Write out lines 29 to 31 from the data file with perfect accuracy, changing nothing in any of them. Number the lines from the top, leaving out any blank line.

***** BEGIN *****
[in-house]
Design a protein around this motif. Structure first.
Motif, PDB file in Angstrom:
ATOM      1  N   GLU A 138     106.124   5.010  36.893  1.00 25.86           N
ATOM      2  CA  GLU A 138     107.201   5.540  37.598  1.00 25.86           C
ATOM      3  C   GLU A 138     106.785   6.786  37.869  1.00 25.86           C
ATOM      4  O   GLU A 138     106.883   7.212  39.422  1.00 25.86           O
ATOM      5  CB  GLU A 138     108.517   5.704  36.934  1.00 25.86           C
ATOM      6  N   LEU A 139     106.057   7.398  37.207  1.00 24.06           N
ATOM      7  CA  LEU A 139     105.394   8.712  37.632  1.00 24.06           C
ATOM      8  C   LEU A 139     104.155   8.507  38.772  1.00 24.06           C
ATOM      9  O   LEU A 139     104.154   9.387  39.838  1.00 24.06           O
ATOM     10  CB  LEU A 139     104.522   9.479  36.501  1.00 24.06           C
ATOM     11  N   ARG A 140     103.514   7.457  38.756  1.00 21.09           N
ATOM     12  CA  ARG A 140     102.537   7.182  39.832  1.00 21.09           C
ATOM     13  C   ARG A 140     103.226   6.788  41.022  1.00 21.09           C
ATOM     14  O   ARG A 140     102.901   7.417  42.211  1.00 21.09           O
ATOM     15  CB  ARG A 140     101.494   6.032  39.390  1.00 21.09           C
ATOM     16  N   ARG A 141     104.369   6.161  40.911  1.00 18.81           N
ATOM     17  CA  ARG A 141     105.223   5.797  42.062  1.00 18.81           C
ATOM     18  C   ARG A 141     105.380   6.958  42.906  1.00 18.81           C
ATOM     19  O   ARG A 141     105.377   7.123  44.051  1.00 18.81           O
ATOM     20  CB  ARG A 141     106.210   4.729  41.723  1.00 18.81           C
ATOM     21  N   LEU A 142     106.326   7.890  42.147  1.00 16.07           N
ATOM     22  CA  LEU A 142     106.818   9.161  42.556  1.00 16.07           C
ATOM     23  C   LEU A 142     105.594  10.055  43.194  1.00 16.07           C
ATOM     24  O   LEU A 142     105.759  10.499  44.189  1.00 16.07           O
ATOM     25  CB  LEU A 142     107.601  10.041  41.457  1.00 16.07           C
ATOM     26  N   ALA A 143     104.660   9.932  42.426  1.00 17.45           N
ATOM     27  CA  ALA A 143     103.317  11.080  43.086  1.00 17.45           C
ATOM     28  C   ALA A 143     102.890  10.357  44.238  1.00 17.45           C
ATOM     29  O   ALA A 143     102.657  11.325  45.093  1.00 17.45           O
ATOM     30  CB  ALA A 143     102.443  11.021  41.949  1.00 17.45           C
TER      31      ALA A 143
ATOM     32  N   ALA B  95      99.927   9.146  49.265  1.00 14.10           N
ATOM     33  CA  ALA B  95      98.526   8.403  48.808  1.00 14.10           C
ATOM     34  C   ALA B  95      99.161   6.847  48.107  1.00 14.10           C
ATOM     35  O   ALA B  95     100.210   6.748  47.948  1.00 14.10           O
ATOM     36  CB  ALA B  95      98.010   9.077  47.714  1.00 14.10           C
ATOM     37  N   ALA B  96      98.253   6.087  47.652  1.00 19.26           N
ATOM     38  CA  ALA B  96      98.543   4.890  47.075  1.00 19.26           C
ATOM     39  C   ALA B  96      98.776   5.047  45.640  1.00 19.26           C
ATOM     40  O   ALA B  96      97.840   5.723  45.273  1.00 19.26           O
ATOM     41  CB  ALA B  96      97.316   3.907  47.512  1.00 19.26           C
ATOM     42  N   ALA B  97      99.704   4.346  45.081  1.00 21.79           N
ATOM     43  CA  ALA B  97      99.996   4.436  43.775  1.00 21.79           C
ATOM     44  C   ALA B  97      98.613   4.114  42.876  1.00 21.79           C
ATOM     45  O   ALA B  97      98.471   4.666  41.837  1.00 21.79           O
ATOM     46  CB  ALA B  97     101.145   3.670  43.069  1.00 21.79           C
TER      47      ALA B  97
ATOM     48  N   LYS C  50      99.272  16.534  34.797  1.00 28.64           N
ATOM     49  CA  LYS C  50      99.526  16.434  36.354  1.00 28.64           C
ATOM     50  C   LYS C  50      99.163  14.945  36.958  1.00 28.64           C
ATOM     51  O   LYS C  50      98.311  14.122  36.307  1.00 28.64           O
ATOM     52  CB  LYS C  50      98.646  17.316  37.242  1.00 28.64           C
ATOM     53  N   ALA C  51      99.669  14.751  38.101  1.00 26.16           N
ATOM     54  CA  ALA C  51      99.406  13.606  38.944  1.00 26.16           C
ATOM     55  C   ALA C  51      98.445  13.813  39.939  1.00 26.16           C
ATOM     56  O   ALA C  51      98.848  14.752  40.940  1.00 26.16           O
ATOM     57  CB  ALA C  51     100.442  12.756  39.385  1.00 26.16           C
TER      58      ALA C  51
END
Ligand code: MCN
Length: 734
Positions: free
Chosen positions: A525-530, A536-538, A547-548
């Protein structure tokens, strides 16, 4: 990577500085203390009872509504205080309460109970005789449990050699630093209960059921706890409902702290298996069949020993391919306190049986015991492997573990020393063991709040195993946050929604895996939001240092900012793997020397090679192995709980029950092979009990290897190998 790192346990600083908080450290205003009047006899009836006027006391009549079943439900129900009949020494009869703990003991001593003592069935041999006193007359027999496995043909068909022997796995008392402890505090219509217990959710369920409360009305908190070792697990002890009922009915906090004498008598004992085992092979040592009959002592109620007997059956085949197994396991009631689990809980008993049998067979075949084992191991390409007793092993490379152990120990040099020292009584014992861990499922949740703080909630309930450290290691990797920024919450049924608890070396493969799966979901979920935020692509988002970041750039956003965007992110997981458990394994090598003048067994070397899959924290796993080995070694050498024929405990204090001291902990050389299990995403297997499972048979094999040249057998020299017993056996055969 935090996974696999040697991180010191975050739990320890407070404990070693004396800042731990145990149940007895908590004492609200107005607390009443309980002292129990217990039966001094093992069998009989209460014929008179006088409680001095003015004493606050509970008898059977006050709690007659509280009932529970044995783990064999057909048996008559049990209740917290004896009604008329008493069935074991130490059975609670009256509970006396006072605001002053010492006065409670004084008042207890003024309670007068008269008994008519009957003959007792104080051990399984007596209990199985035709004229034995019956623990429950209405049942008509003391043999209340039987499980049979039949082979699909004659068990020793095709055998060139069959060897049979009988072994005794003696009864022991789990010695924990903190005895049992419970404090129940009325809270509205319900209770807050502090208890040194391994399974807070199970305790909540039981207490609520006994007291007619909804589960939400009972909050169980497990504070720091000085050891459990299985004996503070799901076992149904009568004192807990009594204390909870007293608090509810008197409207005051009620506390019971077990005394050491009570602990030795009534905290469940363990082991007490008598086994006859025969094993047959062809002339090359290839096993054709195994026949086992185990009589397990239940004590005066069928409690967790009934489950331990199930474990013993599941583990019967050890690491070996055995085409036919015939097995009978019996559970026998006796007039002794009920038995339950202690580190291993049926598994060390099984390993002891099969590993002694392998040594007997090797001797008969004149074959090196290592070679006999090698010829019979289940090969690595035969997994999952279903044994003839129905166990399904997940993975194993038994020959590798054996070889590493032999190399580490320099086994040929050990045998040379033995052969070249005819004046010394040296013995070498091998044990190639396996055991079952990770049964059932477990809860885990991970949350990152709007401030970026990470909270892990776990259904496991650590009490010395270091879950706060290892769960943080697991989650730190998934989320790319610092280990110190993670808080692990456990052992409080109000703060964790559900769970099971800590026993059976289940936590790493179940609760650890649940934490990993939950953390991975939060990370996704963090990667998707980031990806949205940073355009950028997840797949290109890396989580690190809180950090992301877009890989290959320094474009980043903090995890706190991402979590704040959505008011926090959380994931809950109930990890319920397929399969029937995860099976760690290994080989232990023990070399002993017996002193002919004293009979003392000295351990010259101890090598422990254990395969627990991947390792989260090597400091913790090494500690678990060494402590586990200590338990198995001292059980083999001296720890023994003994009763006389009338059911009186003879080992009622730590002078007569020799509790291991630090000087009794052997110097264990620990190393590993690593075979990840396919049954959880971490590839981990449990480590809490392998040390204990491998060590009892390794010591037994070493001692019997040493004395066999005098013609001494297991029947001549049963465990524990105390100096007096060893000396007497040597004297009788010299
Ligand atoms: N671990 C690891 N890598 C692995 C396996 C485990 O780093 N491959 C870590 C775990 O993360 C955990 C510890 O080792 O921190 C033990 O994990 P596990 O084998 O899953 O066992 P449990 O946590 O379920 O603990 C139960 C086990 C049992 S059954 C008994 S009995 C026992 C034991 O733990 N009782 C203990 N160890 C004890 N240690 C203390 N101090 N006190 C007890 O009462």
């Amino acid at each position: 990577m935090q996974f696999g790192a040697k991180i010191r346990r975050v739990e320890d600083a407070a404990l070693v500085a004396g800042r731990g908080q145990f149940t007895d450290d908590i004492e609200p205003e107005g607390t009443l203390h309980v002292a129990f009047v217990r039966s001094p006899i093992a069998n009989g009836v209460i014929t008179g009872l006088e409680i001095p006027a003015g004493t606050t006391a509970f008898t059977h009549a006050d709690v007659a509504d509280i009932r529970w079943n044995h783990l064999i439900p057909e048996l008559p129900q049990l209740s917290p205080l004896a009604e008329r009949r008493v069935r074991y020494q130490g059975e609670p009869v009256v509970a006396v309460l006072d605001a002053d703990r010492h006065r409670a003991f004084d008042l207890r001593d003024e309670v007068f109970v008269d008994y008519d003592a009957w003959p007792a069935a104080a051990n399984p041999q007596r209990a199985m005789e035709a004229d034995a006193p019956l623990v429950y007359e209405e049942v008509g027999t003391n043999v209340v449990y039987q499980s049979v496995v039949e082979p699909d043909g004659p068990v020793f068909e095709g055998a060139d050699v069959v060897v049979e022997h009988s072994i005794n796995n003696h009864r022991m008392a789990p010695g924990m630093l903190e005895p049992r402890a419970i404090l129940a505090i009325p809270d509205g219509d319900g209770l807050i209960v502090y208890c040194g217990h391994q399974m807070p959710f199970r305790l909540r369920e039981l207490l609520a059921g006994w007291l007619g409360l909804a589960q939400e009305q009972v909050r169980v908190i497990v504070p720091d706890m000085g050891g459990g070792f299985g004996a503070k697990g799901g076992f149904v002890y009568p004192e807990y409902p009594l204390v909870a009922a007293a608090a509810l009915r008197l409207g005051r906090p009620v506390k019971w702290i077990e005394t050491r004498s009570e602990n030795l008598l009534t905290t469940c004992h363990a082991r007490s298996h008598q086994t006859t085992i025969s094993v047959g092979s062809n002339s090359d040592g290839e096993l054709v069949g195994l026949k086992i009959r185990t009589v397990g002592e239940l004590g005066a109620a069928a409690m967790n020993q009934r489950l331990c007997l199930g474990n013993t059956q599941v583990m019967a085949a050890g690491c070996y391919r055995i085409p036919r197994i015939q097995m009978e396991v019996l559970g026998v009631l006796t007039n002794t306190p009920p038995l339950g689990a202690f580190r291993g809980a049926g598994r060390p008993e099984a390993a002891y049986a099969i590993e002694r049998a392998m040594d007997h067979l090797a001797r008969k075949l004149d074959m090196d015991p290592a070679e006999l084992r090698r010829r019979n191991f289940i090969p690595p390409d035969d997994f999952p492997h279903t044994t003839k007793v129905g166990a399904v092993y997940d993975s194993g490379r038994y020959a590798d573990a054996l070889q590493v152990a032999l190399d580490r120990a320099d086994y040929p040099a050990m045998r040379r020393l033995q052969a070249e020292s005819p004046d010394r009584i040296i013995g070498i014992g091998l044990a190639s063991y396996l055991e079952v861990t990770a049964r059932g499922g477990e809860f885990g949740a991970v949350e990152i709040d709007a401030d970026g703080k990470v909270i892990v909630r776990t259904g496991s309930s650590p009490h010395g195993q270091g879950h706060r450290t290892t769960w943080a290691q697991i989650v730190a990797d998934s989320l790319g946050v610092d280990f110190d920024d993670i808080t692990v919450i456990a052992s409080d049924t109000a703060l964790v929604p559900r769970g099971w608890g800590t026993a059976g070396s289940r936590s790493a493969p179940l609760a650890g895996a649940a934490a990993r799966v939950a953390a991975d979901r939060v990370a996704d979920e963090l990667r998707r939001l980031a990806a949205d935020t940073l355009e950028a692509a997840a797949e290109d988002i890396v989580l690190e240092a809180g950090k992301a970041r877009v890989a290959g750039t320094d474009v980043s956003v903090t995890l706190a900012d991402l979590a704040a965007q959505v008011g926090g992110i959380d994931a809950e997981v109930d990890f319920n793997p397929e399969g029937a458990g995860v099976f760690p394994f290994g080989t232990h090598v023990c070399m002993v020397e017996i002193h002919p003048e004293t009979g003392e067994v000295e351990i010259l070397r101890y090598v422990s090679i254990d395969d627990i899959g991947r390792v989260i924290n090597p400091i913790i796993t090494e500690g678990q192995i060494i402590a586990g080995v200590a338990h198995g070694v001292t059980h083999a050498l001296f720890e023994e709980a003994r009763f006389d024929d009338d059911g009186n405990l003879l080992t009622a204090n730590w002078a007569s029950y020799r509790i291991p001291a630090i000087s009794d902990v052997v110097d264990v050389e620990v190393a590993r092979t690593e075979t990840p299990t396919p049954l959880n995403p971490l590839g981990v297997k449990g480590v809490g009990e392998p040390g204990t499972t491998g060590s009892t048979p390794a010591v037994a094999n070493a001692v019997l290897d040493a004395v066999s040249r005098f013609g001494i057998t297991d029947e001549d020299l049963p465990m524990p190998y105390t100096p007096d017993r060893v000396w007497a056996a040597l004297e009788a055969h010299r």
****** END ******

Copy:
ATOM     26  N   ALA A 143     104.660   9.932  42.426  1.00 17.45           N
ATOM     27  CA  ALA A 143     103.317  11.080  43.086  1.00 17.45           C
ATOM     28  C   ALA A 143     102.890  10.357  44.238  1.00 17.45           C